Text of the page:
Over time, the brain requires more alcohol to feel intoxicated and feel good. Eventually, a heavy drinker needs to drink more for the brain to release enough dopamine to feel “normal.” That’s when addiction sets in. The same dopamine reward system cycle is present in other addictions, like heroin and sugar, as well.
For Sally Smith (not her real name), the idea of taking a pill to manage her alcoholism and possibly help her one day drink socially sounds great.
“If there was a pill on the market that would change my brain chemistry and my dopamine levels, where I could have one glass of wine or a cocktail and stop, and not have any negative effects, I would definitely want to try it,” she told LifeZette.
Smith has struggled with alcoholism and addiction since college. In her mid-20s, she went to rehab and got sober. By going to AA meetings and doing the Twelve Steps, she said, she stayed sober for more than a decade. But last fall, after a rough breakup with her longtime boyfriend, Smith, now age 37, relapsed.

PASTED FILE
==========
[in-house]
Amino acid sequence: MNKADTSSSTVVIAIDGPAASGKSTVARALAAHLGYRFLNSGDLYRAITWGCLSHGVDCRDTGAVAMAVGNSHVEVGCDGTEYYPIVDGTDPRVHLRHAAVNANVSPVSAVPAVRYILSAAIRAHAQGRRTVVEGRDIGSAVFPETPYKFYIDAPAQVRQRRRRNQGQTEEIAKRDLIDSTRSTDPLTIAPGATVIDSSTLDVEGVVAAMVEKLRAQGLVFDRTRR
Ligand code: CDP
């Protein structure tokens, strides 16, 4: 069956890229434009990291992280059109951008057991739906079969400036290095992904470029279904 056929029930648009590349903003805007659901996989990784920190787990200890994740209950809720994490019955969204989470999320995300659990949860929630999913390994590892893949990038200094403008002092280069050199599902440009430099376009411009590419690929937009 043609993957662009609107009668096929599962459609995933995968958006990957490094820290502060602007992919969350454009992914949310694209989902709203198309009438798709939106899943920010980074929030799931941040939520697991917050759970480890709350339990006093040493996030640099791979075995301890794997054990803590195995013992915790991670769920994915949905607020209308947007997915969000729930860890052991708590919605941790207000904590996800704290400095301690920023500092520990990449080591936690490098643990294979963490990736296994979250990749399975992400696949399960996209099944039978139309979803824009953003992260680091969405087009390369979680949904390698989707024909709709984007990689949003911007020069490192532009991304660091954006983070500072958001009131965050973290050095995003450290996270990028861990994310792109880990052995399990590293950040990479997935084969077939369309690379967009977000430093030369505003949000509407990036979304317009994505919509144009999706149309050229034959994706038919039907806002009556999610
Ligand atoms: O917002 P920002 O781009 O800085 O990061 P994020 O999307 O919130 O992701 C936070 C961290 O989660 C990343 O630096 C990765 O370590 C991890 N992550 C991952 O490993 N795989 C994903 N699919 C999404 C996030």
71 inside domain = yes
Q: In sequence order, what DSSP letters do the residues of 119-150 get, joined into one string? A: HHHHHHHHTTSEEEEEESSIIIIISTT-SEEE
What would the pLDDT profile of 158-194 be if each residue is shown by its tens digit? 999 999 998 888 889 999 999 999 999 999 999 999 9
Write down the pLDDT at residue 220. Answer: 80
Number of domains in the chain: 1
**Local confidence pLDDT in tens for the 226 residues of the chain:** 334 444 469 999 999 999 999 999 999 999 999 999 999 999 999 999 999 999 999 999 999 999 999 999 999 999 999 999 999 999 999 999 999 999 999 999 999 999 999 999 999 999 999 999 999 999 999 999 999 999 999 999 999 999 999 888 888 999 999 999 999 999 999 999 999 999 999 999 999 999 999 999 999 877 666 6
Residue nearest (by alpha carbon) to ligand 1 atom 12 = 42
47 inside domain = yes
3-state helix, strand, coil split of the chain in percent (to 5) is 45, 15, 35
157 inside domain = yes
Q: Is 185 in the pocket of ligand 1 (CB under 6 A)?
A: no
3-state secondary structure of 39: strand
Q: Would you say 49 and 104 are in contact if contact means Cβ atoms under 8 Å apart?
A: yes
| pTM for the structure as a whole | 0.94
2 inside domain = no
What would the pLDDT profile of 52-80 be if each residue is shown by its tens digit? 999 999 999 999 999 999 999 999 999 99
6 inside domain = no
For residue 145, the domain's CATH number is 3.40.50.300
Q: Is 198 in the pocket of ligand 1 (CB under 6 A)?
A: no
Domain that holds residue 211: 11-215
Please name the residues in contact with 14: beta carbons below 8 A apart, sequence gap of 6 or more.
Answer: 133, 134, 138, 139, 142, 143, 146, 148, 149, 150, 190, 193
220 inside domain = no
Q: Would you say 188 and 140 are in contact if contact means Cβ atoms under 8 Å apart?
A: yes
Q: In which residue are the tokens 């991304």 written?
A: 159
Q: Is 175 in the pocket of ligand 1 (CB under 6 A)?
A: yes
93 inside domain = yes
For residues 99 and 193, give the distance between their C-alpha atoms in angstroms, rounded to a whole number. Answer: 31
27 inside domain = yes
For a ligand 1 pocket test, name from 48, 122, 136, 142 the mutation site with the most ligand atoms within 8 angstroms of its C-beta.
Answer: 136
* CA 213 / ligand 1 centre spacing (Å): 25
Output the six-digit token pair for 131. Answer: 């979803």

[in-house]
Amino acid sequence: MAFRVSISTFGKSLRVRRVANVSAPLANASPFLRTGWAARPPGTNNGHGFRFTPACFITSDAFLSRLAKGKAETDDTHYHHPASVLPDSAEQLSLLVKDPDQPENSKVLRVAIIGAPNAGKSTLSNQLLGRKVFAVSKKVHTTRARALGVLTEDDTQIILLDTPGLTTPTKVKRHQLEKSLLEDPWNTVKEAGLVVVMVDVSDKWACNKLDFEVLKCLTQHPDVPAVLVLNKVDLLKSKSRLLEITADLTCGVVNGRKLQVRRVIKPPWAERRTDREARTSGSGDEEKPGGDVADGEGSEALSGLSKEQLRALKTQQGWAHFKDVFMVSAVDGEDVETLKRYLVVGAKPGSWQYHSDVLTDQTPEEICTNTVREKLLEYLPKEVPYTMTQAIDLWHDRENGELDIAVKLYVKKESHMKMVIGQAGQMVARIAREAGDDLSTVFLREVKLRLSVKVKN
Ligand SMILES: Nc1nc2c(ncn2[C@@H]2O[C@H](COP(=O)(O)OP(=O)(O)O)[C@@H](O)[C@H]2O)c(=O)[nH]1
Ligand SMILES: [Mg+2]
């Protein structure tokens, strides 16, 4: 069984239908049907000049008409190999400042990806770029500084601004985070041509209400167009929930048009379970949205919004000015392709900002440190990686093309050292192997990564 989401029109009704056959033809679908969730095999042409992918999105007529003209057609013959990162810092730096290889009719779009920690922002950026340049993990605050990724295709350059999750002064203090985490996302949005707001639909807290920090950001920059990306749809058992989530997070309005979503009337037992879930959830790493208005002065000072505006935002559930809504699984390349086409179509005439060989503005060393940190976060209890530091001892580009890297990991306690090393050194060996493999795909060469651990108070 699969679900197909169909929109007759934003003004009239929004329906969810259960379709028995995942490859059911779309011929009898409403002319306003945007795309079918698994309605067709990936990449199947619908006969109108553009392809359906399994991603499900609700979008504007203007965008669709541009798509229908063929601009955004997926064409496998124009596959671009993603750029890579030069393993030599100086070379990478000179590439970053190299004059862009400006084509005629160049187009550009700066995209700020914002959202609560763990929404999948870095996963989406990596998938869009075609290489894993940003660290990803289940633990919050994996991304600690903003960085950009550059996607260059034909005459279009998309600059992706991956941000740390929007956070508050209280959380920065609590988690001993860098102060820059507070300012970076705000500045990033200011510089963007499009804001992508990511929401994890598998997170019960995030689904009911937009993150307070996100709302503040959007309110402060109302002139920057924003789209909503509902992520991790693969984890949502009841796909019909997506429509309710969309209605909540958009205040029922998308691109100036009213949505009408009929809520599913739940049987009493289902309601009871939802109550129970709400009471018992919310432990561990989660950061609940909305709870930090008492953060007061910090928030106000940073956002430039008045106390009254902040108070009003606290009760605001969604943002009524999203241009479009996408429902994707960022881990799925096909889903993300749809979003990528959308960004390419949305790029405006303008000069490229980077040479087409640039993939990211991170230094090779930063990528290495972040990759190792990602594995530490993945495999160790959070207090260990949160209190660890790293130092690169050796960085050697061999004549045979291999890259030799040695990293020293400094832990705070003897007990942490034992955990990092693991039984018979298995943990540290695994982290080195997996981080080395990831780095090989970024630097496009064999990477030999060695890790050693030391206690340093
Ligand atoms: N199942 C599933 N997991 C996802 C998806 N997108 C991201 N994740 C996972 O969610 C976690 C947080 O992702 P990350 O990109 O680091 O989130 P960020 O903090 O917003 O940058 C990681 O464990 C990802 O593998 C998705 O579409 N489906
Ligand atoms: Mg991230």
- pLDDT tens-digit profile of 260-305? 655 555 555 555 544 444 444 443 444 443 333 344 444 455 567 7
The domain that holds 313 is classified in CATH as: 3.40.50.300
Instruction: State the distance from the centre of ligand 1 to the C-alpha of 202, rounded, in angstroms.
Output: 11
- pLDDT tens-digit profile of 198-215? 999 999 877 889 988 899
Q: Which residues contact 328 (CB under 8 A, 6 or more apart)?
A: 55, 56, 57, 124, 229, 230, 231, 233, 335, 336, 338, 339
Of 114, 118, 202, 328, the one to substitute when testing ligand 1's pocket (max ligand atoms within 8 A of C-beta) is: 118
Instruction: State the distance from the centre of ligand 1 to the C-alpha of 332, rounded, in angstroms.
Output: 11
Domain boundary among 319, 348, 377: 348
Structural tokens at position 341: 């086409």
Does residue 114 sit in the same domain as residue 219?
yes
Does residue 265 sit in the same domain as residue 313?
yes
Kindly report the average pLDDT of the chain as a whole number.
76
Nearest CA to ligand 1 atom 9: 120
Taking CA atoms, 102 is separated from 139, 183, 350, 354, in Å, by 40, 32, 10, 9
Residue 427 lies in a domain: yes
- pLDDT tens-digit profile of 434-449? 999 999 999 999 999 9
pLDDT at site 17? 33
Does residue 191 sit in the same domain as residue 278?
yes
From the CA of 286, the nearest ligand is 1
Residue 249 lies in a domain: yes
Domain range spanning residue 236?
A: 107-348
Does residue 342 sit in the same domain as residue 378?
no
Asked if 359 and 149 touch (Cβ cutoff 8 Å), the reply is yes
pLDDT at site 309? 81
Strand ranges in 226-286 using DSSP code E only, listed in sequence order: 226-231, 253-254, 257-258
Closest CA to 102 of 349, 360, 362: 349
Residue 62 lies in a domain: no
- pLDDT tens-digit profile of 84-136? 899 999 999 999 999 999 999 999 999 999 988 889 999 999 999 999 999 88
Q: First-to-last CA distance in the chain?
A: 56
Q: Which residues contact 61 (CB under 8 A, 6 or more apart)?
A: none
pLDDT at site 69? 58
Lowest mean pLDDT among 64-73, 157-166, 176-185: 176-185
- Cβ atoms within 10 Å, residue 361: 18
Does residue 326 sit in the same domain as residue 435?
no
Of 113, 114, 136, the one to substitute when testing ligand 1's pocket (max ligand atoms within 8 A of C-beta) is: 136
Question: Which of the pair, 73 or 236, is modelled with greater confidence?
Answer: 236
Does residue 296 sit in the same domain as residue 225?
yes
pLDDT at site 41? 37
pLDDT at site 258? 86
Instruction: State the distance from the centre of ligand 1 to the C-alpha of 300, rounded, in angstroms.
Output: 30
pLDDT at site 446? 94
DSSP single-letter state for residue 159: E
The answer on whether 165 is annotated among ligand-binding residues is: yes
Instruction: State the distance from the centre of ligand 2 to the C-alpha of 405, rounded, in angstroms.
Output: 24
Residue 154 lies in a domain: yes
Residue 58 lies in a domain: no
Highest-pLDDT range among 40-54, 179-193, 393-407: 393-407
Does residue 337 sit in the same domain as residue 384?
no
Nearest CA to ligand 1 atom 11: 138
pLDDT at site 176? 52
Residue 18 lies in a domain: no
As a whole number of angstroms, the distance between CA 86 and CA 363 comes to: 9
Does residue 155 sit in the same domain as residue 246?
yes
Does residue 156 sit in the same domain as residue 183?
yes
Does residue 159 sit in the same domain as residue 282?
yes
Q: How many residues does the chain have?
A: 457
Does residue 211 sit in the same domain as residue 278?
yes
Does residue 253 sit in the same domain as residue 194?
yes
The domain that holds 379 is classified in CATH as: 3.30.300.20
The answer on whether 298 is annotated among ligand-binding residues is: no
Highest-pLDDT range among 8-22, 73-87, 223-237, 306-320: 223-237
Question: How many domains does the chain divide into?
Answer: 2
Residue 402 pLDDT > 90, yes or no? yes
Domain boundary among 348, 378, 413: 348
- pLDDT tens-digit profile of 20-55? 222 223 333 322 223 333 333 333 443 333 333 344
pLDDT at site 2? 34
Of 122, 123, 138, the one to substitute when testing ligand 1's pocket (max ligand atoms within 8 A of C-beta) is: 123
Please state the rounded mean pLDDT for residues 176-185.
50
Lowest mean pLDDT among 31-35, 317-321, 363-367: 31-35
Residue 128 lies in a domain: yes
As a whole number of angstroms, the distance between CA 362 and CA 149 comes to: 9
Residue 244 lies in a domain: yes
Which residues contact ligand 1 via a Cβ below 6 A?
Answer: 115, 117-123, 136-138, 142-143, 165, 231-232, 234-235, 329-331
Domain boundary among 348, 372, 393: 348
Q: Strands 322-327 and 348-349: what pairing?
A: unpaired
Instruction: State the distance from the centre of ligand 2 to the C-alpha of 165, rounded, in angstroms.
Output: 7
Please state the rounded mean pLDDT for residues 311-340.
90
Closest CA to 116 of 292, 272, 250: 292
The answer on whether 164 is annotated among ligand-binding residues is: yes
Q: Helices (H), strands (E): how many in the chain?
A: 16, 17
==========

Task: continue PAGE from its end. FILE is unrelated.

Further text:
“I was super lonely,” she said. “I was socially drinking at first, and I was fine.”
Soon, however, she began drinking too much, too often, and even started blacking out.
“Most of the time, especially when I was alone, I didn’t stop after one drink — I kept drinking,” she said.
This past month, Smith entered an intensive outpatient-treatment program. She’s trying to get sober again and stay sober, but admits it isn’t easy.
“I have to acknowledge that alcohol can be very deadly, and it could have taken me down a really deadly path,” she said.
Still, she said she wishes she could find a way to drink in moderation.
“Social drinking is pleasurable and relaxing,” she said.
A pill like OSU6162 may one day make Smith’s dream possible. For now, however, she’ll need to stick with more traditional treatments — AA meetings and counseling. An OSU6162 medication won’t hit the market any time soon.
Though this is “a first important ‘proof of concept’ study,” said Steensland, “larger clinical efficacy trials with larger patient groups and longer treatment period (three to six months) are needed to determine if the OSU6162 also can help alcohol-dependent people drink less alcohol and reduce the risk of relapse.”
Steensland said more funding is needed before trials can begin.